DuLaurence appealed the grant of summary judgment and the jury's verdict to the Massachusetts Appeals Court, which affirmed and then denied DuLaurence's petition for rehearing. Id. ¶ 26-27, 29; see also DuLaurence v. Liberty Mut. Ins. Co., (Employment Action Appeal), 74 Mass.App.Ct. 1125, 909 N.E.2d 558 (Mass.App.Ct. 2009). In that appeal, DuLaurence raised the argument that he was entitled to relief due to discovery violations by defendants. This argument was rejected because the court found that he had " not identified any specific judicial rulings or advanced any proper appellate argument to show any abuse of judicial discretion." Id. DuLaurence filed an Application for Further Appellate Review with the Massachusetts Supreme Judicial Court, which was denied. Id. ¶ 30. DuLaurence v. Liberty Mut. Ins. Co., 455 Mass. 1102, 914 N.E.2d 330 (Mass. 2009). DuLaurence then filed a petition for a Writ of Certiorari with the United States Supreme Court, which was also denied. Id. ¶ 31. DuLaurence v. Liberty Mut. Ins. Co., 559 U.S. 1078, 130 S.Ct. 2119, 176 L.Ed.2d 741 (2010).

B. Second Superior Court Action: The State Collateral Action

DuLaurence filed a new complaint in the Superior Court in July 2010 against Liberty Mutual and Telegen. Id. ¶ 32. DuLaurence alleged " tortious interference with the practice of law," abuse of process, intentional infliction of emotional distress, negligent infliction of emotional distress, fraud and deceit against Telegen and Liberty Mutual based on their conduct of the first Superior Court employment action. DuLaurence also sought to set aside the judgment in the employment action pursuant to Mass. R. Civ. P. 60(b). Telegen and Liberty Mutual filed a motion to dismiss pursuant to 12(b)(6) and the Massachustts anti-SLAPP statute, Mass. Gen. Laws c. 231 § 59H. Id. ¶ 37. The Superior Court granted the Special Motion to Dismiss pursuant to anti-SLAPP and also granted the Rule 12(b)(6) motion, adopting the reasoning of the defendants without issuing a written opinion. Id. ¶ 30. The court denied DuLaurence's motion for reconsideration. Telegen and Liberty Mutual filed a Request for Fees pursuant to the anti-SLAPP statute, and the Superior Court granted the request, awarding defendants $29,858.82. Id. ¶ 42. The court denied DuLaurence's motion for reconsideration of this award.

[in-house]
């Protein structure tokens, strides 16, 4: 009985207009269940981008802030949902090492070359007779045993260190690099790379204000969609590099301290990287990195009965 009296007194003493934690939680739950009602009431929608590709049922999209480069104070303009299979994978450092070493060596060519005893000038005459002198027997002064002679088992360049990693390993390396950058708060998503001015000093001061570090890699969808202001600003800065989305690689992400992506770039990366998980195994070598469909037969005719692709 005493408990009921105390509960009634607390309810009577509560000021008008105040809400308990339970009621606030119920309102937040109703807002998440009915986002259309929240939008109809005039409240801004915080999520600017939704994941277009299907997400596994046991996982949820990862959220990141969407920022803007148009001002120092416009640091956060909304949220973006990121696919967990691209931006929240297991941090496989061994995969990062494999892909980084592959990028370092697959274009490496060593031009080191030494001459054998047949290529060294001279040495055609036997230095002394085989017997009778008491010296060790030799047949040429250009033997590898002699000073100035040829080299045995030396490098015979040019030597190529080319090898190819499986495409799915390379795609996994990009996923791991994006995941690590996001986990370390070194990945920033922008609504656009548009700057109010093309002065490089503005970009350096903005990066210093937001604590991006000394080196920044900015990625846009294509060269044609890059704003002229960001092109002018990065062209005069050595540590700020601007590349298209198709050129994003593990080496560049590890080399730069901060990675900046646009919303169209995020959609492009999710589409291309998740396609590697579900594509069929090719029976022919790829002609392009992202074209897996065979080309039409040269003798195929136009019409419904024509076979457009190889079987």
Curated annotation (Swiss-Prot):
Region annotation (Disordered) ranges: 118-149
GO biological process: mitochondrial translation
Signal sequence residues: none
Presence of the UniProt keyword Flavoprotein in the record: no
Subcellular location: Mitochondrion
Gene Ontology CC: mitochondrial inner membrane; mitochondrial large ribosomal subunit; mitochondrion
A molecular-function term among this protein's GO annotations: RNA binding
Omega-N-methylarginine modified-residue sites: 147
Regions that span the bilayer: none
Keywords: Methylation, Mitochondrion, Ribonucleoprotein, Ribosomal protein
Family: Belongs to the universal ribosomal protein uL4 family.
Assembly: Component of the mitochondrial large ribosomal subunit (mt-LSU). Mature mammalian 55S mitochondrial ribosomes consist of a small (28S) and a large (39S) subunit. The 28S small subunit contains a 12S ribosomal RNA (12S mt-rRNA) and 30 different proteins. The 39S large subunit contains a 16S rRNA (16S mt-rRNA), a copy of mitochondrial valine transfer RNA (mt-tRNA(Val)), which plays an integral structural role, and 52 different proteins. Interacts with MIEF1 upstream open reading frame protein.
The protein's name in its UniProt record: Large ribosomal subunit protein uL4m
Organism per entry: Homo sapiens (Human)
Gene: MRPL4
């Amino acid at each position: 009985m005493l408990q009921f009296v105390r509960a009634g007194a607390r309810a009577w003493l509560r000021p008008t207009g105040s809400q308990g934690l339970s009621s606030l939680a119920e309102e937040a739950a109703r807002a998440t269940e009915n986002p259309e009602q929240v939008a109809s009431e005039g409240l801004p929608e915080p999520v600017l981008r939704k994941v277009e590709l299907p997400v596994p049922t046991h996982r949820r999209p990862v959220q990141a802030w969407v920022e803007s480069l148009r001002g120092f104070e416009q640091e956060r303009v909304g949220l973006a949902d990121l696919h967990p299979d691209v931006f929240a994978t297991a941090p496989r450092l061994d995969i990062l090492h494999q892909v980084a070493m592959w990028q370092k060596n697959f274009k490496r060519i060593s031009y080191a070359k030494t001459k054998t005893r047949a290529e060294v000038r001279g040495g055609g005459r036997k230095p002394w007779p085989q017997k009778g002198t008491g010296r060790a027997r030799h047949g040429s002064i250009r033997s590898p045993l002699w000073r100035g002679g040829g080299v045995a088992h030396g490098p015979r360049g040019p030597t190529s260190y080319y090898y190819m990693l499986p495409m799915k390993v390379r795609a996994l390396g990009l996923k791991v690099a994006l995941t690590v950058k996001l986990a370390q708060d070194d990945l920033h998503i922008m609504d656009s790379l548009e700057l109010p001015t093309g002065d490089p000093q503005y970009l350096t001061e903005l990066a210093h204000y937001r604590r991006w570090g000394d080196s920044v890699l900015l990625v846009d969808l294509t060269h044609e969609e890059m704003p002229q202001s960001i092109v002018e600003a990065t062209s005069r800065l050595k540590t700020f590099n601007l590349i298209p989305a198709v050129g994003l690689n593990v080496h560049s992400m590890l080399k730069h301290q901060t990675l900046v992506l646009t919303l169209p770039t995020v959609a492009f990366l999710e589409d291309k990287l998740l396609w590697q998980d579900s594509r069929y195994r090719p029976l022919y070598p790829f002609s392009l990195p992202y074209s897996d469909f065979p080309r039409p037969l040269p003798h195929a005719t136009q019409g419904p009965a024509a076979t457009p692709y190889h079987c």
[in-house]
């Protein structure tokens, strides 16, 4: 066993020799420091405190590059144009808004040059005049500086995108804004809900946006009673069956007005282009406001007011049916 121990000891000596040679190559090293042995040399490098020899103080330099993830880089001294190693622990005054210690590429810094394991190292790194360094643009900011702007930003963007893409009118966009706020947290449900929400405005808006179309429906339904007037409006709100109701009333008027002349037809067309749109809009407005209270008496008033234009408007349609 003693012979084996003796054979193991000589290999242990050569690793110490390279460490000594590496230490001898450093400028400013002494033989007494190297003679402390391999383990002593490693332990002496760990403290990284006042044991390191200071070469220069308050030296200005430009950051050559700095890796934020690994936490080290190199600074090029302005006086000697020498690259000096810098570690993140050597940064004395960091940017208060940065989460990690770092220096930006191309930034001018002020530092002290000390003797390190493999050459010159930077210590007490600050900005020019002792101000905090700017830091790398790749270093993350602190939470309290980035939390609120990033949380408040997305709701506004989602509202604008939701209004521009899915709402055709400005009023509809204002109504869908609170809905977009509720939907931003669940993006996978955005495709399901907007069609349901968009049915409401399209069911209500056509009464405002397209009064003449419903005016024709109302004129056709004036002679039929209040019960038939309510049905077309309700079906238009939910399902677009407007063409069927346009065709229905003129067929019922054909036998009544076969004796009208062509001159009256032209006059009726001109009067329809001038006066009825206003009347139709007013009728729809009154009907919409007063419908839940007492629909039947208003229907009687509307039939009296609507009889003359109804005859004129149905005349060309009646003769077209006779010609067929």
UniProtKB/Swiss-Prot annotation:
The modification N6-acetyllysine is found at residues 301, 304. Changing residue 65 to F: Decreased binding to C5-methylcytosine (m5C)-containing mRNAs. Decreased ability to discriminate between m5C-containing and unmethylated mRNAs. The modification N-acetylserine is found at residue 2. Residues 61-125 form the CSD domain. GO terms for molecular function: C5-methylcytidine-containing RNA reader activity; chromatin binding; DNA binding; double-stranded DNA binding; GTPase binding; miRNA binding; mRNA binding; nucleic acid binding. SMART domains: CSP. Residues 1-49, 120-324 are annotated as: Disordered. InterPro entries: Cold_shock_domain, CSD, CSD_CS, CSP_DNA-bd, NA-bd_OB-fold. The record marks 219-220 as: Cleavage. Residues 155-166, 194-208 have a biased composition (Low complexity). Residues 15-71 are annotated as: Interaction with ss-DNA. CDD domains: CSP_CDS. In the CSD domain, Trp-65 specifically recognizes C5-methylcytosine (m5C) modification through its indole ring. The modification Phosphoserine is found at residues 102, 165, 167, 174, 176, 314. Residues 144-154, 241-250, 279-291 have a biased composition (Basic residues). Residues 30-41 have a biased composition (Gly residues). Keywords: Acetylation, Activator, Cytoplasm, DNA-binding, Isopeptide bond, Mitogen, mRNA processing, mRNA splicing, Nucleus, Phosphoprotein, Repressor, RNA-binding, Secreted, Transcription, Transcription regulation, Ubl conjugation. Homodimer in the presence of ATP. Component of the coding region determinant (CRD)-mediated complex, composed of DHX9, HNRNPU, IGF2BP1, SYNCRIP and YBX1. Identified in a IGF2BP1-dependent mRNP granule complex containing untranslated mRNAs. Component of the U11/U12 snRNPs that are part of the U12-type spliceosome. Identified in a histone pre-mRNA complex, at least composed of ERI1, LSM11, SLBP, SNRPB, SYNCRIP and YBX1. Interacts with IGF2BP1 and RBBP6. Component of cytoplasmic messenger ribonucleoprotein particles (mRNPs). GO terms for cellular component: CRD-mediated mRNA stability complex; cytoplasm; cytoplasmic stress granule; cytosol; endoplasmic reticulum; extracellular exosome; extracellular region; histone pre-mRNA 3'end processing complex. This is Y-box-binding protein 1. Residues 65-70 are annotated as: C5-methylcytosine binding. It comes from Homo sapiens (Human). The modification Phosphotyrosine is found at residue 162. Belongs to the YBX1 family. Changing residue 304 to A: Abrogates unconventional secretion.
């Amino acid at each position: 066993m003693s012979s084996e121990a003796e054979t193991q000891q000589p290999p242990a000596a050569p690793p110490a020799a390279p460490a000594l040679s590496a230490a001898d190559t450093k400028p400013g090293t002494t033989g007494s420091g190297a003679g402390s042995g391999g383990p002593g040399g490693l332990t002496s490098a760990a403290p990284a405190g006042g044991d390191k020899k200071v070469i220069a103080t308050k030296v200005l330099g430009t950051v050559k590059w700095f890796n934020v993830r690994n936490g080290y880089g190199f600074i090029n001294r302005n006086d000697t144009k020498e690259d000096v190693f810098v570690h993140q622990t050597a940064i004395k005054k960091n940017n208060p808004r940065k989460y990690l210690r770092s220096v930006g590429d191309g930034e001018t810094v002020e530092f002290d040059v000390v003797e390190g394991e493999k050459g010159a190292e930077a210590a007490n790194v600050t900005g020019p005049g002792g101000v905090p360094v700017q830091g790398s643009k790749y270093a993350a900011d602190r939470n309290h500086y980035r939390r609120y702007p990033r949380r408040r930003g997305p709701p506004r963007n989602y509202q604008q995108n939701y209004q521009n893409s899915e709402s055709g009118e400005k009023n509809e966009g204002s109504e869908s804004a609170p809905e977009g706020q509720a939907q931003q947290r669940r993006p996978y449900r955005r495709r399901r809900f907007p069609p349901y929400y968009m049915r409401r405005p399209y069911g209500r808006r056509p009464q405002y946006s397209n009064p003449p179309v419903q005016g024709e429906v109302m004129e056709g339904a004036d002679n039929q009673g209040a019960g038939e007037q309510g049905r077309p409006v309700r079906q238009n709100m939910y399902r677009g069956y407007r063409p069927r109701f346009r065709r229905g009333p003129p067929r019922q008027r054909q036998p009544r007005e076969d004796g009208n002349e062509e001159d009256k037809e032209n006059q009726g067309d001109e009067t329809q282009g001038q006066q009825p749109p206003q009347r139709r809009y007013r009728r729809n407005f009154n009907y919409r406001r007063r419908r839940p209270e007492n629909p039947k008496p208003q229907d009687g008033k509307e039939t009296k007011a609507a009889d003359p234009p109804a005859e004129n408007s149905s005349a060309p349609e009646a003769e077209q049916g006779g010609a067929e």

The Appeals Court affirmed the Superior Court's order as to the anti-SLAPP judgment, DuLaurence v. Telegen (Collateral Action Appeal), 83 Mass.App.Ct. 1101, 979 N.E.2d 237 (Mass.App.Ct. 2012), and denied a motion for rehearing. Application for further review was denied by the Supreme Judicial Court, DuLaurence v. Telegen, 464 Mass. 1105, 982 N.E.2d 1189 (Mass. 2013), and DuLaurence's petition for Certiorari to the United States Supreme Court was also denied, DuLaurence v. Telegen, 134 S.Ct. 897, 187 L.Ed.2d 774 (U.S. 2014).

C. Instant Federal Collateral Action

DuLaurence commenced this action by filing a complaint against Liberty Mutual and Telegen on June 3, 2014. He filed an amended complaint on June 5, 2014. In essence, DuLaurence contends that Liberty Mutual and Telegen engaged in unethical practices during the first Superior Court action by withholding discovery and making incorrect and misleading statements to the court about what had been provided in discovery. DuLaurence seeks damages based on this conduct; he also seeks to have the judgments in the Employment and Collateral actions from Massachusetts state court be declared void.

The complaint alleges eleven counts as to both of the defendants, Liberty Mutual and Telegen. Count one is for an alleged violation of civil rights, pursuant to 42 U.S.C. § 1983. Counts two to four are counts alleging violations of federal criminal statutes. Count two alleges obstruction of justice, under 18 U.S.C. § 1512(c)(1) and (2), count three alleges conspiracy to obstruct justice, 18 U.S.C. ...